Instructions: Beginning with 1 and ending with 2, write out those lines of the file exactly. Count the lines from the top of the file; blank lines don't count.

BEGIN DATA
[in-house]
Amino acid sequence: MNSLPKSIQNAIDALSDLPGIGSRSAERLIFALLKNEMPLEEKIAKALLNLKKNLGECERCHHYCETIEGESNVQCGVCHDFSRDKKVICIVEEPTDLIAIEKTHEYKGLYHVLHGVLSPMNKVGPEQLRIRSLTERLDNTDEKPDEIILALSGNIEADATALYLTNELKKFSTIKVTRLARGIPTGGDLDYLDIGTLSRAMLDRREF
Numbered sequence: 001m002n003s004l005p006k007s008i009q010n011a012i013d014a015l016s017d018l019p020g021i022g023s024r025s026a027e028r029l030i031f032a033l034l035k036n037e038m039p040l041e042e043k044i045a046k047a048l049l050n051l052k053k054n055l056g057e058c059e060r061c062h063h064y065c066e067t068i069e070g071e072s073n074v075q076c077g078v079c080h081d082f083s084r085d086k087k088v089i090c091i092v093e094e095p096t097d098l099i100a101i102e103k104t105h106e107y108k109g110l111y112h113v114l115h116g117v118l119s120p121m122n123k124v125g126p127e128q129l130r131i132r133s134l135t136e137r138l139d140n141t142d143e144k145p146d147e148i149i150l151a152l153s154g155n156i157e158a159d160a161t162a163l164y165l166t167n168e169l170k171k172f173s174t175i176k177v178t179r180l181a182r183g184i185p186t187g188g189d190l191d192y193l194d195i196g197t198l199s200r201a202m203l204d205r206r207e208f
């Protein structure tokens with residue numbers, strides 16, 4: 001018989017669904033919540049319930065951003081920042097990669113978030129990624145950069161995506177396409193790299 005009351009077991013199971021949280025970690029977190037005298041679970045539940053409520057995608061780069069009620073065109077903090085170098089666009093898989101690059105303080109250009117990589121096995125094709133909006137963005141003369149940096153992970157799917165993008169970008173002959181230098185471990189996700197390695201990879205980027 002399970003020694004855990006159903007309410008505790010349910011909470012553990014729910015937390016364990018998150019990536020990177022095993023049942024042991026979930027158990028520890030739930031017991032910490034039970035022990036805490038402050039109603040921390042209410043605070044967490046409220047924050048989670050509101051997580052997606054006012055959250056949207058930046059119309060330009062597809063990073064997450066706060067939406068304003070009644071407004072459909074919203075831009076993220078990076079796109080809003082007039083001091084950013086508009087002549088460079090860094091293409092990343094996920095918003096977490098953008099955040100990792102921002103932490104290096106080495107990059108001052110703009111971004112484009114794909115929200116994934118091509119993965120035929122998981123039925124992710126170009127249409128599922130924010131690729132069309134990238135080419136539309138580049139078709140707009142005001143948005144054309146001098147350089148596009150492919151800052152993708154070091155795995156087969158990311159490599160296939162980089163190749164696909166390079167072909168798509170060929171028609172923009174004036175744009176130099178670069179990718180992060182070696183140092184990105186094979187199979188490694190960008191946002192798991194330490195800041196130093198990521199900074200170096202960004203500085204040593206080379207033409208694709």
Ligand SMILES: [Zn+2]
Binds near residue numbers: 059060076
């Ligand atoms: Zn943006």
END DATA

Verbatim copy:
[in-house]
Amino acid sequence: MNSLPKSIQNAIDALSDLPGIGSRSAERLIFALLKNEMPLEEKIAKALLNLKKNLGECERCHHYCETIEGESNVQCGVCHDFSRDKKVICIVEEPTDLIAIEKTHEYKGLYHVLHGVLSPMNKVGPEQLRIRSLTERLDNTDEKPDEIILALSGNIEADATALYLTNELKKFSTIKVTRLARGIPTGGDLDYLDIGTLSRAMLDRREF